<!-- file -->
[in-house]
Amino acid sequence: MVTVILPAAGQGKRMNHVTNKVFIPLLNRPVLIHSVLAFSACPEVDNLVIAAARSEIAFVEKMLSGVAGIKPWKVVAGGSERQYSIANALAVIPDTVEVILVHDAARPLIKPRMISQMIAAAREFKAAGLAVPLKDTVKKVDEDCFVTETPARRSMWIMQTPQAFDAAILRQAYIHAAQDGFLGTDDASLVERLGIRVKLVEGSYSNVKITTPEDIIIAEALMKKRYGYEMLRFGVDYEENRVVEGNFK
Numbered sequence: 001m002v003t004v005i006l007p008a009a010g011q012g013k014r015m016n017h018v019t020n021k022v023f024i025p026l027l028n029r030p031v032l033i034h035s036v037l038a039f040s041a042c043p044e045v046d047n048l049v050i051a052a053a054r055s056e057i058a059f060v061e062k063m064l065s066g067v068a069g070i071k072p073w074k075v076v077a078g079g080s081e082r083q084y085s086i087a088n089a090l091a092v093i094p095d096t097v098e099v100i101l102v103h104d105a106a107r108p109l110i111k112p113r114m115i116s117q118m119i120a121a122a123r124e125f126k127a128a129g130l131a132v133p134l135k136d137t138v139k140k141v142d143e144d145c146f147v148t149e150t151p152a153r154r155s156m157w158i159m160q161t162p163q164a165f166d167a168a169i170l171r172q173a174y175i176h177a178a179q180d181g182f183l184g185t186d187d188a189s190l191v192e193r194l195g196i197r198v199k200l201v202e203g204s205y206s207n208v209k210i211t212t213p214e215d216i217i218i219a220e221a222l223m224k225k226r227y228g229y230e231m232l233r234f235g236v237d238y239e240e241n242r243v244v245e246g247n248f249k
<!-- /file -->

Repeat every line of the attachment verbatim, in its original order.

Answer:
[in-house]
Amino acid sequence: MVTVILPAAGQGKRMNHVTNKVFIPLLNRPVLIHSVLAFSACPEVDNLVIAAARSEIAFVEKMLSGVAGIKPWKVVAGGSERQYSIANALAVIPDTVEVILVHDAARPLIKPRMISQMIAAAREFKAAGLAVPLKDTVKKVDEDCFVTETPARRSMWIMQTPQAFDAAILRQAYIHAAQDGFLGTDDASLVERLGIRVKLVEGSYSNVKITTPEDIIIAEALMKKRYGYEMLRFGVDYEENRVVEGNFK
Numbered sequence: 001m002v003t004v005i006l007p008a009a010g011q012g013k014r015m016n017h018v019t020n021k022v023f024i025p026l027l028n029r030p031v032l033i034h035s036v037l038a039f040s041a042c043p044e045v046d047n048l049v050i051a052a053a054r055s056e057i058a059f060v061e062k063m064l065s066g067v068a069g070i071k072p073w074k075v076v077a078g079g080s081e082r083q084y085s086i087a088n089a090l091a092v093i094p095d096t097v098e099v100i101l102v103h104d105a106a107r108p109l110i111k112p113r114m115i116s117q118m119i120a121a122a123r124e125f126k127a128a129g130l131a132v133p134l135k136d137t138v139k140k141v142d143e144d145c146f147v148t149e150t151p152a153r154r155s156m157w158i159m160q161t162p163q164a165f166d167a168a169i170l171r172q173a174y175i176h177a178a179q180d181g182f183l184g185t186d187d188a189s190l191v192e193r194l195g196i197r198v199k200l201v202e203g204s205y206s207n208v209k210i211t212t213p214e215d216i217i218i219a220e221a222l223m224k225k226r227y228g229y230e231m232l233r234f235g236v237d238y239e240e241n242r243v244v245e246g247n248f249k